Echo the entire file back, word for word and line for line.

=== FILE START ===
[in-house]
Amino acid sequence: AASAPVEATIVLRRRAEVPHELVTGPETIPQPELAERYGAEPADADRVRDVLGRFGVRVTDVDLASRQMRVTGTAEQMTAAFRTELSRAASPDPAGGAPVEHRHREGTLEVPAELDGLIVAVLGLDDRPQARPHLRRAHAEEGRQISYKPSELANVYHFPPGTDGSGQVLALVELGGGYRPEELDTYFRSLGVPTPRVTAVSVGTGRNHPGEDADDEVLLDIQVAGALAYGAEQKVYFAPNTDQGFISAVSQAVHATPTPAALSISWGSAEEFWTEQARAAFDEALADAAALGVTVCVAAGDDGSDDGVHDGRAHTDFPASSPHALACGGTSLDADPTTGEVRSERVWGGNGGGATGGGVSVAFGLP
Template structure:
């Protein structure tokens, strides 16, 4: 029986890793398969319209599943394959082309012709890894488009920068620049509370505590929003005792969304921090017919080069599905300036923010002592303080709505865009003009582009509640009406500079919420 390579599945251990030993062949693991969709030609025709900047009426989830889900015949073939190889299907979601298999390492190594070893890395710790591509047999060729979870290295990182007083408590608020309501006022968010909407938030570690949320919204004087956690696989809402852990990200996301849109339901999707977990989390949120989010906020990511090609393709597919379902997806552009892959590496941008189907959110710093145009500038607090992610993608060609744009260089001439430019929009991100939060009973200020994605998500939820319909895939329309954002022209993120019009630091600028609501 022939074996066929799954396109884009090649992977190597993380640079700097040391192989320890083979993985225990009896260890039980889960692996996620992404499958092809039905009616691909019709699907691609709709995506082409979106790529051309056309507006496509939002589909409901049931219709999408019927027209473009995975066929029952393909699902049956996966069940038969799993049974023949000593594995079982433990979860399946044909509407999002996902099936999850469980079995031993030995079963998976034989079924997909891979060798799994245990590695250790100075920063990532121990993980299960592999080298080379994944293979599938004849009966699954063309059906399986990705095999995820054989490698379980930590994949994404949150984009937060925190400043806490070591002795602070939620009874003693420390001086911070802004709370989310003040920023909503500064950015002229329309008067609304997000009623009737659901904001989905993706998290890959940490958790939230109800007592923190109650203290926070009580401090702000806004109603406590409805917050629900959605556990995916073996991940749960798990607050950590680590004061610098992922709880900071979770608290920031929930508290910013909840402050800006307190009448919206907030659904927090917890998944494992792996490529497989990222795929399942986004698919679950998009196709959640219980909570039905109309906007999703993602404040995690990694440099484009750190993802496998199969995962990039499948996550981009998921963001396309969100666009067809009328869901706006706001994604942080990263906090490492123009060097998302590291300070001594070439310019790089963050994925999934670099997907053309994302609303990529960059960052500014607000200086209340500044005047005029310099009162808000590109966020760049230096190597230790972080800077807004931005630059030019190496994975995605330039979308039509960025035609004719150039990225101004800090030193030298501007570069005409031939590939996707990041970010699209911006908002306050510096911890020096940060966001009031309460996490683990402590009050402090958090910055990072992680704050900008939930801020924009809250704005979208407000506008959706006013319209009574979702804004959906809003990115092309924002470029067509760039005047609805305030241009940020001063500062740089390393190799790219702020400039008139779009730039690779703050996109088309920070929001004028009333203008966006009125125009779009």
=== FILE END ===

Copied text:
[in-house]
Amino acid sequence: AASAPVEATIVLRRRAEVPHELVTGPETIPQPELAERYGAEPADADRVRDVLGRFGVRVTDVDLASRQMRVTGTAEQMTAAFRTELSRAASPDPAGGAPVEHRHREGTLEVPAELDGLIVAVLGLDDRPQARPHLRRAHAEEGRQISYKPSELANVYHFPPGTDGSGQVLALVELGGGYRPEELDTYFRSLGVPTPRVTAVSVGTGRNHPGEDADDEVLLDIQVAGALAYGAEQKVYFAPNTDQGFISAVSQAVHATPTPAALSISWGSAEEFWTEQARAAFDEALADAAALGVTVCVAAGDDGSDDGVHDGRAHTDFPASSPHALACGGTSLDADPTTGEVRSERVWGGNGGGATGGGVSVAFGLP
Template structure:
């Protein structure tokens, strides 16, 4: 029986890793398969319209599943394959082309012709890894488009920068620049509370505590929003005792969304921090017919080069599905300036923010002592303080709505865009003009582009509640009406500079919420 390579599945251990030993062949693991969709030609025709900047009426989830889900015949073939190889299907979601298999390492190594070893890395710790591509047999060729979870290295990182007083408590608020309501006022968010909407938030570690949320919204004087956690696989809402852990990200996301849109339901999707977990989390949120989010906020990511090609393709597919379902997806552009892959590496941008189907959110710093145009500038607090992610993608060609744009260089001439430019929009991100939060009973200020994605998500939820319909895939329309954002022209993120019009630091600028609501 022939074996066929799954396109884009090649992977190597993380640079700097040391192989320890083979993985225990009896260890039980889960692996996620992404499958092809039905009616691909019709699907691609709709995506082409979106790529051309056309507006496509939002589909409901049931219709999408019927027209473009995975066929029952393909699902049956996966069940038969799993049974023949000593594995079982433990979860399946044909509407999002996902099936999850469980079995031993030995079963998976034989079924997909891979060798799994245990590695250790100075920063990532121990993980299960592999080298080379994944293979599938004849009966699954063309059906399986990705095999995820054989490698379980930590994949994404949150984009937060925190400043806490070591002795602070939620009874003693420390001086911070802004709370989310003040920023909503500064950015002229329309008067609304997000009623009737659901904001989905993706998290890959940490958790939230109800007592923190109650203290926070009580401090702000806004109603406590409805917050629900959605556990995916073996991940749960798990607050950590680590004061610098992922709880900071979770608290920031929930508290910013909840402050800006307190009448919206907030659904927090917890998944494992792996490529497989990222795929399942986004698919679950998009196709959640219980909570039905109309906007999703993602404040995690990694440099484009750190993802496998199969995962990039499948996550981009998921963001396309969100666009067809009328869901706006706001994604942080990263906090490492123009060097998302590291300070001594070439310019790089963050994925999934670099997907053309994302609303990529960059960052500014607000200086209340500044005047005029310099009162808000590109966020760049230096190597230790972080800077807004931005630059030019190496994975995605330039979308039509960025035609004719150039990225101004800090030193030298501007570069005409031939590939996707990041970010699209911006908002306050510096911890020096940060966001009031309460996490683990402590009050402090958090910055990072992680704050900008939930801020924009809250704005979208407000506008959706006013319209009574979702804004959906809003990115092309924002470029067509760039005047609805305030241009940020001063500062740089390393190799790219702020400039008139779009730039690779703050996109088309920070929001004028009333203008966006009125125009779009």